More Consumers Prefer Long-Term Car Loans

Simon Zhen

By , Staff Writer
Posted on Wed Sep 5, 2012, Last Updated on Wed Sep 5, 2012

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More Consumers Prefer Long Term Car Loans

Matthew Rutledge / Flickr source

Like the many possessions that Americans have come to own, cars can be paid for by taking on debt. But recent data by Experian, one of the three major credit bureaus, shows  consumers are increasingly likely to make unwise decisions when borrowing to pay for new cars — by taking on longer-term loans.

Car loans with repayment terms of 73 to 84 months were responsible for nearly 16 percent of new-car financing in the second quarter of this year, according to Experian data. In the first quarter, these long-term auto loans were responsible for a little more than 15 percent of new-car financing.

An increasing number of consumers hold long-term car loans that last as long as seven years. As of the second quarter of the year, the average repayment term for a new-car loan is 64 months, up from 63 months in 2008, according to Experian. According to comparable data from the Federal Reserve, loan terms for new cars averaged 62 months back in 2007.

Although many personal finance experts would recommend that consumers keep their cars for as long as possible, carrying a seven-year car loan is not advised — cash is often the ideal payment method for a car. With a longer loan duration, borrowers can expect to pay more in interest over the life of the loan, resulting in a higher total cost of the car. One benefit, however, is that the monthly payments would be lower.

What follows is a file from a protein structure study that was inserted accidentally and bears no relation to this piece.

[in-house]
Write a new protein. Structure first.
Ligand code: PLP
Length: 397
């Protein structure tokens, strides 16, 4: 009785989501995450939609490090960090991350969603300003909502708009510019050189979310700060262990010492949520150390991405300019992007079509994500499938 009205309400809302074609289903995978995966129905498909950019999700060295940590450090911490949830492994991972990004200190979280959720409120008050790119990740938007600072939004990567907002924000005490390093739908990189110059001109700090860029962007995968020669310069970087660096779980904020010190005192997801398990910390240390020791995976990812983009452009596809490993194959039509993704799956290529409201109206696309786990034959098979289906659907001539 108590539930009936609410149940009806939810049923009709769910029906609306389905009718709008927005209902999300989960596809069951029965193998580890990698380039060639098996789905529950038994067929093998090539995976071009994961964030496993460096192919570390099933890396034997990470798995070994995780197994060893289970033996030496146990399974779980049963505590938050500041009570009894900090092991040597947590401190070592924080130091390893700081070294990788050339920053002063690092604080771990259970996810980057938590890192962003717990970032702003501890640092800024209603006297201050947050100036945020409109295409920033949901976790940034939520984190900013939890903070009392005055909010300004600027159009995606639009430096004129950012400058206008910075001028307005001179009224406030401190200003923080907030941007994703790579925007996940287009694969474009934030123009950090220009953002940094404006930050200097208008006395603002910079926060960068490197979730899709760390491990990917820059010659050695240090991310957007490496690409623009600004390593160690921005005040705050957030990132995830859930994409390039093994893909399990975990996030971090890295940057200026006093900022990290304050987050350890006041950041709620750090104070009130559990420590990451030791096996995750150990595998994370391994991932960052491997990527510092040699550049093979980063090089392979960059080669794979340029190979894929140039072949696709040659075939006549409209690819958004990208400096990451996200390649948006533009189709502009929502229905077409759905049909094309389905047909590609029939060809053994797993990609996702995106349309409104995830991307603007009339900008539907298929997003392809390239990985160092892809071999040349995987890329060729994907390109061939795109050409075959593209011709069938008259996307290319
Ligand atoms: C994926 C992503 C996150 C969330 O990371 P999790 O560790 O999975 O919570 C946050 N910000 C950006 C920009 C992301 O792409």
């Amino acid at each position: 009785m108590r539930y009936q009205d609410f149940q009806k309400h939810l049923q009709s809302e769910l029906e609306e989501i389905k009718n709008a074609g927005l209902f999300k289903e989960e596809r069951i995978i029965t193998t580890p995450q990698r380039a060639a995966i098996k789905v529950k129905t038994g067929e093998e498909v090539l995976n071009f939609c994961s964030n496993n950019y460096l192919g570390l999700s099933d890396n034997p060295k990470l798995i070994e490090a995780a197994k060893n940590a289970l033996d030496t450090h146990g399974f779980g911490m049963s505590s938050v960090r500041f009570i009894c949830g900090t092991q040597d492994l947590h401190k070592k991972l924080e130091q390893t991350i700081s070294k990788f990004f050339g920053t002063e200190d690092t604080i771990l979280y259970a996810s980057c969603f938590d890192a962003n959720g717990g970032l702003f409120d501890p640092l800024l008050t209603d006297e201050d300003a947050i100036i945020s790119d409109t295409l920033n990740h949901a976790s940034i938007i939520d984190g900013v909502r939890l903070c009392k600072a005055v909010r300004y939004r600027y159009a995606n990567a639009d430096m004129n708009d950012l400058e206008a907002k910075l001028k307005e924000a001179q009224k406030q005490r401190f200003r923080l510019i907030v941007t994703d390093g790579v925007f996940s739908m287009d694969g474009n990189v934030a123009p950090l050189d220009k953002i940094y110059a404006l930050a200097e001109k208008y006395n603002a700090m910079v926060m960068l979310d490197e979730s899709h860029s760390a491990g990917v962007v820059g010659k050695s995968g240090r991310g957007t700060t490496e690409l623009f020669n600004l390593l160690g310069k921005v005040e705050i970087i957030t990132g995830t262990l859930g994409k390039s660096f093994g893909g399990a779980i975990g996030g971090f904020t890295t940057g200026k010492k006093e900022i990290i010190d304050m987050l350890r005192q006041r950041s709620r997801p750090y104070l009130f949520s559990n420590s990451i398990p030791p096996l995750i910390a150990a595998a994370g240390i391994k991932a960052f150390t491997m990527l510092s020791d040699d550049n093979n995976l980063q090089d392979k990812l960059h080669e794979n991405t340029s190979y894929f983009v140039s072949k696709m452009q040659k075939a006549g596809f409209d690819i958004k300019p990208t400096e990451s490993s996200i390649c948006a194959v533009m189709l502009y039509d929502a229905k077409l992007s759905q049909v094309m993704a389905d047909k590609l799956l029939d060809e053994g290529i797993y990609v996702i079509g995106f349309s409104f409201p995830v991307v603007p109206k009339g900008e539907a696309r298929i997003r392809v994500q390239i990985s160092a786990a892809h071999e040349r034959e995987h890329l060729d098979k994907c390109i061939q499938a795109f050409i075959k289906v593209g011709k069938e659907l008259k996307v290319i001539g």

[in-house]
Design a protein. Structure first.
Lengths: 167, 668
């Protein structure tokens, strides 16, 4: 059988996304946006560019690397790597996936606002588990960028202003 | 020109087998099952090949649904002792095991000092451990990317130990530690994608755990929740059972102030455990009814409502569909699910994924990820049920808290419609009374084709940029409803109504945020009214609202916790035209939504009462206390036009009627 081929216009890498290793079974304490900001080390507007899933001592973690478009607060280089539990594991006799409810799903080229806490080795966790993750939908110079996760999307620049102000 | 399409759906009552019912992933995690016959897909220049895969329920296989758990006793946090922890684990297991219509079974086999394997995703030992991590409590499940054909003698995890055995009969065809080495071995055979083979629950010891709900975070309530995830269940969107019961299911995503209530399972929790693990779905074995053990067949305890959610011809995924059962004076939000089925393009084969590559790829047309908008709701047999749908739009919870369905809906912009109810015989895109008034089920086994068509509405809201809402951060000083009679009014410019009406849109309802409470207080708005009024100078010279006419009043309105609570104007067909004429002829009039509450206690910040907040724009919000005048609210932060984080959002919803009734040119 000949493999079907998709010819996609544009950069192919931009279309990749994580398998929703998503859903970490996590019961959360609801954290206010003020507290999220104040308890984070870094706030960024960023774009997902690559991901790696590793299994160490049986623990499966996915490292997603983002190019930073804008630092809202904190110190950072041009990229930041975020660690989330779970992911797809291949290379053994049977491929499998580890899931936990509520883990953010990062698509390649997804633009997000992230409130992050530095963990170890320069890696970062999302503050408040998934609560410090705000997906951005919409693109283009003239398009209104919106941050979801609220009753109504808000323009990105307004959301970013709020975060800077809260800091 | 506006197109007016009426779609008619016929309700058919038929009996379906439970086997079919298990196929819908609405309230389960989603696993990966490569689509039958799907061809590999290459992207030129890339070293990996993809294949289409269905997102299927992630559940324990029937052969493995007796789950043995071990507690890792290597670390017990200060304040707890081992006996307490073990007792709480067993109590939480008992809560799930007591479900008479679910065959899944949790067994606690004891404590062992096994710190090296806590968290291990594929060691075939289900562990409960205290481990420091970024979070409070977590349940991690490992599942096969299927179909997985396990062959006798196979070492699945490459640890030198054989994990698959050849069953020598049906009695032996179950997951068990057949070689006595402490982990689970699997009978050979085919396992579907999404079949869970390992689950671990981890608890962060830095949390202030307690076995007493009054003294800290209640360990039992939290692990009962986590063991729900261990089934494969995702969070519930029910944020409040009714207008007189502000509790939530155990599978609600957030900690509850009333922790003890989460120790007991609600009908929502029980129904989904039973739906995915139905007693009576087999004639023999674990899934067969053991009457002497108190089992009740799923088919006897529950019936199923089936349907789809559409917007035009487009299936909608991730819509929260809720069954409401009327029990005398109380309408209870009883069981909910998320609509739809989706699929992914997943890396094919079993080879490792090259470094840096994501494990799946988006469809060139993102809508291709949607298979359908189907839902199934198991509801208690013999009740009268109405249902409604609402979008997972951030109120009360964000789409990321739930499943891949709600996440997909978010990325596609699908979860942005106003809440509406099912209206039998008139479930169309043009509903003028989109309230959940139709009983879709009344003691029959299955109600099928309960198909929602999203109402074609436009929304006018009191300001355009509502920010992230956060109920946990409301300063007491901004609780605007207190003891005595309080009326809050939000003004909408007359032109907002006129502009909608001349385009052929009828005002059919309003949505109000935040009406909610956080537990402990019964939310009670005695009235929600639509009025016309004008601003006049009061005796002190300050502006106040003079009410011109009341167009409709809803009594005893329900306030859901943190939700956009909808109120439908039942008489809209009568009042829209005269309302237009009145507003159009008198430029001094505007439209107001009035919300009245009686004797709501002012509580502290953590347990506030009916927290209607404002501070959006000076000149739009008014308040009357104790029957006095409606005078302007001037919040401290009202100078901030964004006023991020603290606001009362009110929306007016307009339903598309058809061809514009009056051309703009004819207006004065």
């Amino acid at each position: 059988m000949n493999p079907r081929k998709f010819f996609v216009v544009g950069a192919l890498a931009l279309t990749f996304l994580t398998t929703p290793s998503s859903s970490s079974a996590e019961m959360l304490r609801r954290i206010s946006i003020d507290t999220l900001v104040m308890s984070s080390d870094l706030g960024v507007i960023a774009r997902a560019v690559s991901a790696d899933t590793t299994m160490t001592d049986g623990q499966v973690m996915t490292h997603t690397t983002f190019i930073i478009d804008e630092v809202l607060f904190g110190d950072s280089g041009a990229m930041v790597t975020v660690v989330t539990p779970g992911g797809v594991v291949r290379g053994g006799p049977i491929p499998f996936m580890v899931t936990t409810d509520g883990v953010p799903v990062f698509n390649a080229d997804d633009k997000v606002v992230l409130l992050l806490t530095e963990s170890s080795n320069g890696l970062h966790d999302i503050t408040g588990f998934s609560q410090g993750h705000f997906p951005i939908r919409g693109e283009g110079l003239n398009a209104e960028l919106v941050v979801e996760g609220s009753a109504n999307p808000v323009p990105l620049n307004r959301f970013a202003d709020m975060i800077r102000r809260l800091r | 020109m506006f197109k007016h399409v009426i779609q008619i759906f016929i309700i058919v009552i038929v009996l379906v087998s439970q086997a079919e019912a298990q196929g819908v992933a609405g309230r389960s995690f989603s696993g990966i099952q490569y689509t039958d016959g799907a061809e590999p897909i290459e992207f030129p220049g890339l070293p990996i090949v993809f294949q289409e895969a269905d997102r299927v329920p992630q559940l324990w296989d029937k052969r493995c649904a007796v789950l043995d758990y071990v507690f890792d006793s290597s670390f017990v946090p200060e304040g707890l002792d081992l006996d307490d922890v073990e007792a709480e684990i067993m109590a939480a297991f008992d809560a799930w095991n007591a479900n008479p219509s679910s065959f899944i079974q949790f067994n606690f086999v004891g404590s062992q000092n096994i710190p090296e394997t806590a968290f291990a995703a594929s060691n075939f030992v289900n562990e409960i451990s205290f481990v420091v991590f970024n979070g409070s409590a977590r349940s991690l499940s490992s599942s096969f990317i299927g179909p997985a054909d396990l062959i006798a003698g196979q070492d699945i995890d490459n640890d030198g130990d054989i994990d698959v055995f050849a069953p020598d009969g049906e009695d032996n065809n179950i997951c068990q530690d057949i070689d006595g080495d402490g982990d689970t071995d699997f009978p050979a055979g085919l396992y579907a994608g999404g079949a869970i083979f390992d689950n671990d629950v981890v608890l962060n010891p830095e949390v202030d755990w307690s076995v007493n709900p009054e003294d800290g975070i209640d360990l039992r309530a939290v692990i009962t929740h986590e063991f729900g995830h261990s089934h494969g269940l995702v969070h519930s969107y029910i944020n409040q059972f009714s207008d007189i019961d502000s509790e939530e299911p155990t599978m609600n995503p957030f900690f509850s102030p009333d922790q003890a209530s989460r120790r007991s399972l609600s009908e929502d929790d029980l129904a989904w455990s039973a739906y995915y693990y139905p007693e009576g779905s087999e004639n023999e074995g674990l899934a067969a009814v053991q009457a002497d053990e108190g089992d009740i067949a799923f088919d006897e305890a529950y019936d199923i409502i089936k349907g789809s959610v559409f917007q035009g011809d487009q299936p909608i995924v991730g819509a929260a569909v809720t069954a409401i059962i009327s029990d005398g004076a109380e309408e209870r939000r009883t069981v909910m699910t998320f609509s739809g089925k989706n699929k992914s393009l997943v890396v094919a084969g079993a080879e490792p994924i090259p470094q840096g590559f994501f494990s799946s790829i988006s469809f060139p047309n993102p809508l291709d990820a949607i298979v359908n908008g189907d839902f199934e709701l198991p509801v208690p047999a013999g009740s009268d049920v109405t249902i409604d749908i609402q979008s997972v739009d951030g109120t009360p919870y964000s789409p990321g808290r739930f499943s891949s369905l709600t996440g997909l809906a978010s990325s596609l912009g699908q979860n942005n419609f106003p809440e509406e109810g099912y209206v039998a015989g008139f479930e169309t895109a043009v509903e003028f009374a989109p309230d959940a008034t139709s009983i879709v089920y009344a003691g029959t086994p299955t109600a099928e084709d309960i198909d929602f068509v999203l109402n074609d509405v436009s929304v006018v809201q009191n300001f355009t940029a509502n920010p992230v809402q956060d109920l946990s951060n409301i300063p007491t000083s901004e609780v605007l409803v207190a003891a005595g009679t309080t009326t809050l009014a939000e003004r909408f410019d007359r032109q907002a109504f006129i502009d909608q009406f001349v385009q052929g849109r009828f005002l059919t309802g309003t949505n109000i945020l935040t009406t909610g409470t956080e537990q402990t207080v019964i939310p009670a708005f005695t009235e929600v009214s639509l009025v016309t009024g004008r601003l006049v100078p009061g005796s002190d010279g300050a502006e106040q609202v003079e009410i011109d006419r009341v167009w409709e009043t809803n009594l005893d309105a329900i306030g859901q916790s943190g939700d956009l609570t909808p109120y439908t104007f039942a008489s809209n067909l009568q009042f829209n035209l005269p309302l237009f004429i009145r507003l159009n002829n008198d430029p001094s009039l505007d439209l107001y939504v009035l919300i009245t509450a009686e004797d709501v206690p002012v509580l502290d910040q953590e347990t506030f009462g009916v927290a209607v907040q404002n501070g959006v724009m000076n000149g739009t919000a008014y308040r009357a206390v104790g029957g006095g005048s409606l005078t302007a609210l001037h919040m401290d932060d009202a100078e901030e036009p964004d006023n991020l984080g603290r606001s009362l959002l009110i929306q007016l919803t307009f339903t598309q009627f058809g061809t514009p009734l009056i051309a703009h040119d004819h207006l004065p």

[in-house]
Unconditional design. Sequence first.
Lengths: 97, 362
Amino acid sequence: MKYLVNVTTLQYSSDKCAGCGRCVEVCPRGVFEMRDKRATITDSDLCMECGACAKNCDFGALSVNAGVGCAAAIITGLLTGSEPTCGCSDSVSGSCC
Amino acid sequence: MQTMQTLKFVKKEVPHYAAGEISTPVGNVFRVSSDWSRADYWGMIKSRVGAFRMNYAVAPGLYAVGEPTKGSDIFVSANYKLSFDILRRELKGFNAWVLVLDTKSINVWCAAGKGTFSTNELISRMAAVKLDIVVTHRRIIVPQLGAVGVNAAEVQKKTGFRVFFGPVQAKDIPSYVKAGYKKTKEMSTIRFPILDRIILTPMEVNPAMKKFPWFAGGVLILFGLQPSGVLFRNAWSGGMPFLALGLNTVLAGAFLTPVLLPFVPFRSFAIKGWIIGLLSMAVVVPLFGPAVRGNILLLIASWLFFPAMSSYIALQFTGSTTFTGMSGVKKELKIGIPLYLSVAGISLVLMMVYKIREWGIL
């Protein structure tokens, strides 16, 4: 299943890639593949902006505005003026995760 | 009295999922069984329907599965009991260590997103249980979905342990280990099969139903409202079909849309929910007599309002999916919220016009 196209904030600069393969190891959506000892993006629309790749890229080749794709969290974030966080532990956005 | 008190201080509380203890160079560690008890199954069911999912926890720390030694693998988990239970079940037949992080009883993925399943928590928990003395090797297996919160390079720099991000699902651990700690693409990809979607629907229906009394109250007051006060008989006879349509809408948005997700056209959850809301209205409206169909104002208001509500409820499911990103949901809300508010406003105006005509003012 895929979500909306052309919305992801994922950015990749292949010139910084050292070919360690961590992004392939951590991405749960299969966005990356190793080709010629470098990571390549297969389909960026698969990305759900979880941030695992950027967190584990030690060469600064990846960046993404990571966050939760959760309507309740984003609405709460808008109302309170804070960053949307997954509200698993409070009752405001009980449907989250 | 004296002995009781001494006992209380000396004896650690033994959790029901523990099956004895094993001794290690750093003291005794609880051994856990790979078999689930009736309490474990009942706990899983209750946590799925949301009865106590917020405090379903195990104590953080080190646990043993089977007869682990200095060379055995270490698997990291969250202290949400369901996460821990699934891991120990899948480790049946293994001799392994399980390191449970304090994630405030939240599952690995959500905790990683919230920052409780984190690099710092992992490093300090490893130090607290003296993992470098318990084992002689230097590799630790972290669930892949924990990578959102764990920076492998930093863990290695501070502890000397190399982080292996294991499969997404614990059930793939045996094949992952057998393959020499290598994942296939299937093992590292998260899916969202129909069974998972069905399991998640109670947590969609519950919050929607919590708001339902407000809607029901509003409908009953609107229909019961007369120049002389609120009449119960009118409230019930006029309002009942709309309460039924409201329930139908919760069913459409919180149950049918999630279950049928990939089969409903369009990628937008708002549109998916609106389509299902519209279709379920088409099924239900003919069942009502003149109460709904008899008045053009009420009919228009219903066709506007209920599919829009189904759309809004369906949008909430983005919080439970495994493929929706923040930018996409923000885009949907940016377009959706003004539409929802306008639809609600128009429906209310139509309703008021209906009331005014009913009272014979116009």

A borrower who applies for a 5-year car loan for $25,714 (the average amount financed for a new vehicle) at 4.50% will have monthly payments of $479 and pay $3,026 in total interest. Another borrower who finances the same amount at the same rate with a 7-year loan will have monthly payments of $357 and pay a total of $4,274 in interest.

Consumers who plan to sell their cars early into the life of their loans are also advised against long loans because the amount owed on the loans is likely to exceed the value of the car.

The extra interest costs may act as a deterrent against these longer car loans but the Experian data shows otherwise.

“Because the overall lending environment has improved, lenders are making loans available to a wider range of customers,” said Melinda Zabritski, director of automotive credit for Experian Automotive, in a prepared statement. “This is good for manufacturers and dealers, as it allows them to sell more vehicles.”

Similar to all other loans, those who prefer to avoid paying more in interest should consider the shortest repayment terms available.

 

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  • http://www.ad60.com/ Jason Reposa

    I just bought a new car and the car salesmen was pressuring me to go with a 72 month loan, since my payments would appear lower.

    So, in my case, the dealer was the one pushing the longer term loans.